The best place to begin a tour of Civil War Newport News, Virginia, is at Fort Monroe. It is the largest stone fort built in the U.S. and, until recently, it was the only moat-encircled fort still used by the U.S. Army. The army closed the facility during September 2011 and the board overseeing the fortress recommended that Congress create a national park at the site.
Civil War activities began at Fort Monroe as early as May 1861. Three slaves escaped and entered the fortress. The owner demanded their return, but was refused. By late spring, more than 1,000 escaped slaves where sheltered in the fort.
Robert E. Lee was stationed at the fort as a young U.S. Army officer before the war. During the war, Harriet Tubman served here as a nurse. As the war ended, Confederate President Jefferson Davis was held as a prisoner within its walls.
James River and Hampton Roads
Congress and Cumberland Overlook: Beneath the James River lie the remains of the 30-gun USS Cumberland, the first wooden ship to fall to the Confederate ironclad USS Virginia. On March 8, 1862, the Virginia emerged from the Elizabeth River to challenge the Cumberland and the 50-gun USS Congress. The Cumberland was rammed and sank with 121 men aboard. The Congress surrendered and was destroyed by the Confederates. A telegram from a newspaper reporter who witnessed the fight, reported that the Union cannon shot “but glanced off like pebble stones.”
Monitor-Merrimack Overlook: The next day, the USS Monitor arrived in Hampton Roads. It featured a steam-powered rotating circular turret mounted with two 11-inch guns. It had eight inches of iron plate on the turret and more than four inches on the deck. While the fight between the Monitor and the Virginia ended in a stalemate, it changed navy warfare as it ushered in iron warships and made wooden fleets obsolete.
Stalemate in Hampton Roads: For a month after this Civil War battle, the two ships watched one another and waited for the other to attack. Neither would make the first move, and, on April 11, the ships moved on to other destinations.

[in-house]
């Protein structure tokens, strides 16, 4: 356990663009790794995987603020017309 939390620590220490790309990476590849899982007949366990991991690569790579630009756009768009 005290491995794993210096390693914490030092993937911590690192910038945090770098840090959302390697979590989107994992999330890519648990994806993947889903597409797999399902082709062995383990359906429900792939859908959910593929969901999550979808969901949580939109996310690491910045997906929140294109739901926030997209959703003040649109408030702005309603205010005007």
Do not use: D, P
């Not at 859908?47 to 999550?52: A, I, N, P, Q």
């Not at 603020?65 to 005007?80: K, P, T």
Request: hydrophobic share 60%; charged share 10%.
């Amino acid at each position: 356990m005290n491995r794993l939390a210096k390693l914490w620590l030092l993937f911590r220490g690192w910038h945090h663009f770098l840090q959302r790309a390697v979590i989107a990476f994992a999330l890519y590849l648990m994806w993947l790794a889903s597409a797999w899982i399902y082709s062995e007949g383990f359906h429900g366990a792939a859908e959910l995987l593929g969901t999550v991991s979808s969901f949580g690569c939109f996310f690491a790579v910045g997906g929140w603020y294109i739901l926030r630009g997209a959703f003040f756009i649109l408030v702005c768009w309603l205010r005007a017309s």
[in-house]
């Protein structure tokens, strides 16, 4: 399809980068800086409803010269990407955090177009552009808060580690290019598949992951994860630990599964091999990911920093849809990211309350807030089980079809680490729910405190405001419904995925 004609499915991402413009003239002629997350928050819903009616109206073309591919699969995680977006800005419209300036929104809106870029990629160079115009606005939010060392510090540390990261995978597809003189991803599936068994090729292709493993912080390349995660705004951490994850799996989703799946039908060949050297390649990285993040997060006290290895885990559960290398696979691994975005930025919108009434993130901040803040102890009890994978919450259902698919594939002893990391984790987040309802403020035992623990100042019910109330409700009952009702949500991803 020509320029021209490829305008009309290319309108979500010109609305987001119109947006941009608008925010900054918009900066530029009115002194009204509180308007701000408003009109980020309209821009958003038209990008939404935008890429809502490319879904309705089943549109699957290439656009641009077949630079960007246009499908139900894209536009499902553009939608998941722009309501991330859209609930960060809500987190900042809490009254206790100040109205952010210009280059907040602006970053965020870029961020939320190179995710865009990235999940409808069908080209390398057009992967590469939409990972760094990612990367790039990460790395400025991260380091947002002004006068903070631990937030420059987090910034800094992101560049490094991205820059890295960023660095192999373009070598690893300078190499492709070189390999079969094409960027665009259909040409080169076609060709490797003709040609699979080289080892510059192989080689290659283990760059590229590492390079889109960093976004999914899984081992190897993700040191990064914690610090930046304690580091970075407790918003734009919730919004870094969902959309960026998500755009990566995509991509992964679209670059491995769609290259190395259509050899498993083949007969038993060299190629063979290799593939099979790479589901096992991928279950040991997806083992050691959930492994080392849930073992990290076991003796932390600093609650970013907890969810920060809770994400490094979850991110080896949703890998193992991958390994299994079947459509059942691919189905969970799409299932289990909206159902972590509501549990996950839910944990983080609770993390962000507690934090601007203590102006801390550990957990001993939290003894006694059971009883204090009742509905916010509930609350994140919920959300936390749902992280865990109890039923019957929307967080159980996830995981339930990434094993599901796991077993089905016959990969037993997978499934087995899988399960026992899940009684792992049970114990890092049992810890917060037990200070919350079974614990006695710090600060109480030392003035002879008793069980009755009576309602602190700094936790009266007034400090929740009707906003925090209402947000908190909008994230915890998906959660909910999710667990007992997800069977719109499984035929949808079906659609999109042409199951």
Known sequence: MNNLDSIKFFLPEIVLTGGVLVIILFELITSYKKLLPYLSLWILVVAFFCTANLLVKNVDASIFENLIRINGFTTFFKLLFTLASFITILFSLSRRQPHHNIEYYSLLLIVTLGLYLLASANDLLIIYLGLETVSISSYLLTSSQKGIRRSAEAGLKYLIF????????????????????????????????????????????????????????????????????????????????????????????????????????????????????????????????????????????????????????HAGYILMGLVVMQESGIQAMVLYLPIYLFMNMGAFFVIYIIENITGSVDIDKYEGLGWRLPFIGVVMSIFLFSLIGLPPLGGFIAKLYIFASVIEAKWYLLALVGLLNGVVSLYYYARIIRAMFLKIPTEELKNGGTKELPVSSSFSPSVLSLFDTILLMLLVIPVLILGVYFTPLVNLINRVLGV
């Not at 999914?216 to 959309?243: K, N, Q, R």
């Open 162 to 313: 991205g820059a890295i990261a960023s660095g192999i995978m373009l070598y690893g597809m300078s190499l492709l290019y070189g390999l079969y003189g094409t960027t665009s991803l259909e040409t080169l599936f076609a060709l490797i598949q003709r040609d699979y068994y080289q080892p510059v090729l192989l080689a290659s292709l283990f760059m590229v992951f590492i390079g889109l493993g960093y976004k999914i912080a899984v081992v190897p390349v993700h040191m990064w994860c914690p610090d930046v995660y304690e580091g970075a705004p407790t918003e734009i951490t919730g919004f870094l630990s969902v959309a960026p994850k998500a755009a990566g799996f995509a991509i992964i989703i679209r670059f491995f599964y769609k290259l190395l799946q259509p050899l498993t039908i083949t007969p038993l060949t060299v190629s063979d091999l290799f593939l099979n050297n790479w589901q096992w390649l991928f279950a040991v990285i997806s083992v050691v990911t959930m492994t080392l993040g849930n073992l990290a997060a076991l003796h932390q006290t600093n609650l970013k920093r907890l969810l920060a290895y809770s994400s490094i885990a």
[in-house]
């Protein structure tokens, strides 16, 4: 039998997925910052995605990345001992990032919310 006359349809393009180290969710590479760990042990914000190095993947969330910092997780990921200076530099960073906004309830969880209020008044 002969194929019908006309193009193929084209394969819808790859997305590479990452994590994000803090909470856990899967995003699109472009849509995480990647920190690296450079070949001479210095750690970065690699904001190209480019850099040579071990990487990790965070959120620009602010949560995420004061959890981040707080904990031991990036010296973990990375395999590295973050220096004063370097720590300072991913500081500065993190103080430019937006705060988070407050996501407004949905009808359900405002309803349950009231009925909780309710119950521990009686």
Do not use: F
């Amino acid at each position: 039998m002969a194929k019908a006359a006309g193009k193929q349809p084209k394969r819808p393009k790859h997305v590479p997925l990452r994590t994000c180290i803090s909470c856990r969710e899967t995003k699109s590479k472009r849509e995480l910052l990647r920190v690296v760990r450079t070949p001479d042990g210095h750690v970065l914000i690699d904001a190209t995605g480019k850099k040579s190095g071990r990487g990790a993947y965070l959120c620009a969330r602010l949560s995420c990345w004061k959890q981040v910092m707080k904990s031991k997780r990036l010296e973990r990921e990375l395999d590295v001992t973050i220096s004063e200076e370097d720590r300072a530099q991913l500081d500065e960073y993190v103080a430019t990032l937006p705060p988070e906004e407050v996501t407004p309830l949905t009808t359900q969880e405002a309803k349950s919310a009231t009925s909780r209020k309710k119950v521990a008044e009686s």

Newport News Land Battles
Causey’s Mill: On April 4, 1862, Union and Confederate troops fought on the ground occupied now by Causey’s Mill. It is the only gristmill in the area that maintains its original machinery.
Young’s Mill: Earthworks across the road from Young’s Mill formed the Deep Creek anchor of a Confederate first defensive line during 1861. The area surrounding the mill was a Confederate campground that later was abandoned. “The rebels left quite a village of huts or barracks,” according to Union private Wilbur Fisk, “and from appearances, they had enjoyed much more comfortable quarters during the winter than we had ourselves.”
Warwick County Court House: Union troops took over this court house on present day Warwick Boulevard. It was looted and its grounds were renamed Camp Winfield Scott. Brigadier General Erasmus Darwin Keyes used the building as his headquarters for two months. A camp for the Union observation balloon Constitution was established here.
Battle of Lee’s Mill: While on the march from Young’s Mill during the morning of April 5, 1862, Union forces were greeted by more than 1,800 Confederates behind massive earthen fortifications. The Civil War earthworks are preserved on a 40-foot bluff overlooking the Warwick River.
Battle of Dam No. 1: On April 16, 1862, Union forces decided to test the Confederate line along the Warwick River. The assault failed. The Vermont Brigade recalled the battle site as “a creek with a wide dam which drank the blood of many of our men in one brief hour.”
Skiffes Creek: Abandoned on May 3, 1862 as the Confederate Army withdrew toward Williamsburg, a series of five extensive earthworks stretched from Lee’s Mill to Skiffes Creek.
More information about Newport News Civil War historic sites is available from the Newport News Tourism Development Office.